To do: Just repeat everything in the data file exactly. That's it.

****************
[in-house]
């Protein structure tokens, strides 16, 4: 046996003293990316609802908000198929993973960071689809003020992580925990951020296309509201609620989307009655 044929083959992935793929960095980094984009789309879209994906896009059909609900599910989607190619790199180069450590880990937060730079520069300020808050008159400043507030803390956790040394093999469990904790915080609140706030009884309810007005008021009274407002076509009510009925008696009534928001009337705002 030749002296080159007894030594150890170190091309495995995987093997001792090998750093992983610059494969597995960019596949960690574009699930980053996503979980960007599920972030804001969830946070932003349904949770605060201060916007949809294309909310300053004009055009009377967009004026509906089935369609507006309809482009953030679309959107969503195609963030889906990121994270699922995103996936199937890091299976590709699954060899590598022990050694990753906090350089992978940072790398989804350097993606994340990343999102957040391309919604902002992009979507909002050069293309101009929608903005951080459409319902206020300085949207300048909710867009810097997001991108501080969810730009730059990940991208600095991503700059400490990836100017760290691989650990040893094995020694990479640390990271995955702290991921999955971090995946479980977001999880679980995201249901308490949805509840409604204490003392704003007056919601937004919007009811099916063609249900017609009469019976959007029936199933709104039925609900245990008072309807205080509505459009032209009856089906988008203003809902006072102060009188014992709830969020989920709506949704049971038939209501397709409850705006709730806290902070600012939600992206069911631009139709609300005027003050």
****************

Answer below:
[in-house]
């Protein structure tokens, strides 16, 4: 046996003293990316609802908000198929993973960071689809003020992580925990951020296309509201609620989307009655 044929083959992935793929960095980094984009789309879209994906896009059909609900599910989607190619790199180069450590880990937060730079520069300020808050008159400043507030803390956790040394093999469990904790915080609140706030009884309810007005008021009274407002076509009510009925008696009534928001009337705002 030749002296080159007894030594150890170190091309495995995987093997001792090998750093992983610059494969597995960019596949960690574009699930980053996503979980960007599920972030804001969830946070932003349904949770605060201060916007949809294309909310300053004009055009009377967009004026509906089935369609507006309809482009953030679309959107969503195609963030889906990121994270699922995103996936199937890091299976590709699954060899590598022990050694990753906090350089992978940072790398989804350097993606994340990343999102957040391309919604902002992009979507909002050069293309101009929608903005951080459409319902206020300085949207300048909710867009810097997001991108501080969810730009730059990940991208600095991503700059400490990836100017760290691989650990040893094995020694990479640390990271995955702290991921999955971090995946479980977001999880679980995201249901308490949805509840409604204490003392704003007056919601937004919007009811099916063609249900017609009469019976959007029936199933709104039925609900245990008072309807205080509505459009032209009856089906988008203003809902006072102060009188014992709830969020989920709506949704049971038939209501397709409850705006709730806290902070600012939600992206069911631009139709609300005027003050």